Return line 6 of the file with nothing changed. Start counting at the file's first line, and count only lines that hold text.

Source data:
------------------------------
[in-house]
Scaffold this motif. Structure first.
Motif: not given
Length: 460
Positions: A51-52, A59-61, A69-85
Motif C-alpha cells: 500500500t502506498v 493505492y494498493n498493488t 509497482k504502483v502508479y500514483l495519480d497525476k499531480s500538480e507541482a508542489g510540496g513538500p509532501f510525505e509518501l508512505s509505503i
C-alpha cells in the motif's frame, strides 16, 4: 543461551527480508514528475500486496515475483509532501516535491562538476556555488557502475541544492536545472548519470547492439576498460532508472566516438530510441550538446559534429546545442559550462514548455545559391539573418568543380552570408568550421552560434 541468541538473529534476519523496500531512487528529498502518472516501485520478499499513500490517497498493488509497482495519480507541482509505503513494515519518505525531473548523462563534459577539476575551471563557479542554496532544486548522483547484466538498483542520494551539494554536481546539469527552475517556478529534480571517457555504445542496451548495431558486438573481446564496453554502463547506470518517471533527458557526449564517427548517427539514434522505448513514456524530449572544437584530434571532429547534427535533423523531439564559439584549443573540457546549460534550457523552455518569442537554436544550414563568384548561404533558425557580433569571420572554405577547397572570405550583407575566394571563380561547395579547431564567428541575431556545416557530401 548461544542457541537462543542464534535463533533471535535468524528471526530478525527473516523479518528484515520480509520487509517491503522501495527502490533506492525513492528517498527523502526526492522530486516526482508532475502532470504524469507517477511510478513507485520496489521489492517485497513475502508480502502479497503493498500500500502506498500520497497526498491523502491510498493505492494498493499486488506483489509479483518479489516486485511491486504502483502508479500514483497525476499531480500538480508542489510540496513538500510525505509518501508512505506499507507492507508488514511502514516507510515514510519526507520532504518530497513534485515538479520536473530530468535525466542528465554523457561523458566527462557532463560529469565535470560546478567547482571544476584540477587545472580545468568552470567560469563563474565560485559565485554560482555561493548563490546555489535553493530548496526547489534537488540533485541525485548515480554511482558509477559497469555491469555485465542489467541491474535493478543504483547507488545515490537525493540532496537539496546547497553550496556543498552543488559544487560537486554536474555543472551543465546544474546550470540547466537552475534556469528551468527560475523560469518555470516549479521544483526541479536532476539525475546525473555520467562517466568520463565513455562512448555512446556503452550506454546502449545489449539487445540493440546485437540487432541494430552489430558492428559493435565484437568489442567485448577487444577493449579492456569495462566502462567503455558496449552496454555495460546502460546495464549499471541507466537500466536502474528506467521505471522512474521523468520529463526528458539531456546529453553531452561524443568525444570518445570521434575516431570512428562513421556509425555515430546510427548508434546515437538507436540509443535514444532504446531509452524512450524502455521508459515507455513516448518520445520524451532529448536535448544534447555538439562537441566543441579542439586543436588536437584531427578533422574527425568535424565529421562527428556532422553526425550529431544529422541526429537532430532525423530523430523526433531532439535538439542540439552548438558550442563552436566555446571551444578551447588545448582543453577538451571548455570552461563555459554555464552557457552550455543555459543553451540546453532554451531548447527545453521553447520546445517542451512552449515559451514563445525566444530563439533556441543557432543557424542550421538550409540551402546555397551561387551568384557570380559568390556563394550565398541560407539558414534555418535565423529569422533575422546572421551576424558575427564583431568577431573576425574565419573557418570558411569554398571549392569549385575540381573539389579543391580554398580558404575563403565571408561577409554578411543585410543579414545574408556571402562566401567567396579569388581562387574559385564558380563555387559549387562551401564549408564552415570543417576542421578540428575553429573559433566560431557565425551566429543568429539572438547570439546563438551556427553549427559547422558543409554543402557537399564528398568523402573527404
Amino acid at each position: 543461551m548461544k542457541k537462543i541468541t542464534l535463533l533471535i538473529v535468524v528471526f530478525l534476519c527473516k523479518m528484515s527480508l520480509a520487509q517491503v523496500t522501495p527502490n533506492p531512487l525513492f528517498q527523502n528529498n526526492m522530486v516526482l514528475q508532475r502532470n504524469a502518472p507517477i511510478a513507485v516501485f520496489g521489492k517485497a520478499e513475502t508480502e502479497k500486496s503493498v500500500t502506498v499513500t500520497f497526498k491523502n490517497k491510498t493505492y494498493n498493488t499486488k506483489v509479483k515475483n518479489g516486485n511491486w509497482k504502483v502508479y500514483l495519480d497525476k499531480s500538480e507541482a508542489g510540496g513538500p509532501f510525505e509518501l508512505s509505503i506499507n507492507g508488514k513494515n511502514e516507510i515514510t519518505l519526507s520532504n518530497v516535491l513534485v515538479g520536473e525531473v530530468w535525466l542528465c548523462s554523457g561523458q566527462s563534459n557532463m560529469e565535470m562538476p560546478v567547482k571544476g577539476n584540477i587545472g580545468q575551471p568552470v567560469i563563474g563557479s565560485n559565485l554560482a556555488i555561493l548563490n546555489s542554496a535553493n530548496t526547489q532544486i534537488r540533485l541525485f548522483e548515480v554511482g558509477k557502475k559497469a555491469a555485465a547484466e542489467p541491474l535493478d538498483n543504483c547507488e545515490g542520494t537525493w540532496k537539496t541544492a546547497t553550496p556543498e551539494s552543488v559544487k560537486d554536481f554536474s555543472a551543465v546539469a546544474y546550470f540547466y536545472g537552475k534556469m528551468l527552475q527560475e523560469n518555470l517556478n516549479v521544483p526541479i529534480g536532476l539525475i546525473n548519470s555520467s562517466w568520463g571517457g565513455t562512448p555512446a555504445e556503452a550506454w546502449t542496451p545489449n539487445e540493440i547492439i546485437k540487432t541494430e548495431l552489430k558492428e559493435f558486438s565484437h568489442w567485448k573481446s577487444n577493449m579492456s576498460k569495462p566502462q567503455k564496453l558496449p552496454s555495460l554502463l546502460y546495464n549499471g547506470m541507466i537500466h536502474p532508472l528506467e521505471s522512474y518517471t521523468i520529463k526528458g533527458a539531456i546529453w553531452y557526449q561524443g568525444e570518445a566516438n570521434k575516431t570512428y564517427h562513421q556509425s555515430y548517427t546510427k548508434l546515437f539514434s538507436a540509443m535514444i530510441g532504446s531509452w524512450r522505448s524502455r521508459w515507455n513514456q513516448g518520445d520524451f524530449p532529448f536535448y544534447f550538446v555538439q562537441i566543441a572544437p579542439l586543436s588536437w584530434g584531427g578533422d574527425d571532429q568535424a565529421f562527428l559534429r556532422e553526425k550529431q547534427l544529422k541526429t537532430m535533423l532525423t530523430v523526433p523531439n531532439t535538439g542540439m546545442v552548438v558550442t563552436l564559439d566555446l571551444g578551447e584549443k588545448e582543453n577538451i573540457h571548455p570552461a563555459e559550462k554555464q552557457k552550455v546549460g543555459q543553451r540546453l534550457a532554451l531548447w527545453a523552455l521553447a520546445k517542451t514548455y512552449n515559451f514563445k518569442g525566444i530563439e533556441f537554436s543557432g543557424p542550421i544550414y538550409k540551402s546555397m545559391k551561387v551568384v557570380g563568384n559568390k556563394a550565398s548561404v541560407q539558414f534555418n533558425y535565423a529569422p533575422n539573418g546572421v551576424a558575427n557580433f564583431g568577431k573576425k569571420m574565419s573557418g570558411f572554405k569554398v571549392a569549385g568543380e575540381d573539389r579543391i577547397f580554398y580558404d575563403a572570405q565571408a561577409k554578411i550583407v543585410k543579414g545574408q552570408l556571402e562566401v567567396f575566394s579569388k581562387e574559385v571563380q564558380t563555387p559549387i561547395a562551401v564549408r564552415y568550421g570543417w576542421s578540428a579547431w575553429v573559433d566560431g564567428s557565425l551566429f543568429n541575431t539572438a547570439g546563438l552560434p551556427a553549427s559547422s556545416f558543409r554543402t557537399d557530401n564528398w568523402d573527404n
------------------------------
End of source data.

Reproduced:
Motif C-alpha cells: 500500500t502506498v 493505492y494498493n498493488t 509497482k504502483v502508479y500514483l495519480d497525476k499531480s500538480e507541482a508542489g510540496g513538500p509532501f510525505e509518501l508512505s509505503i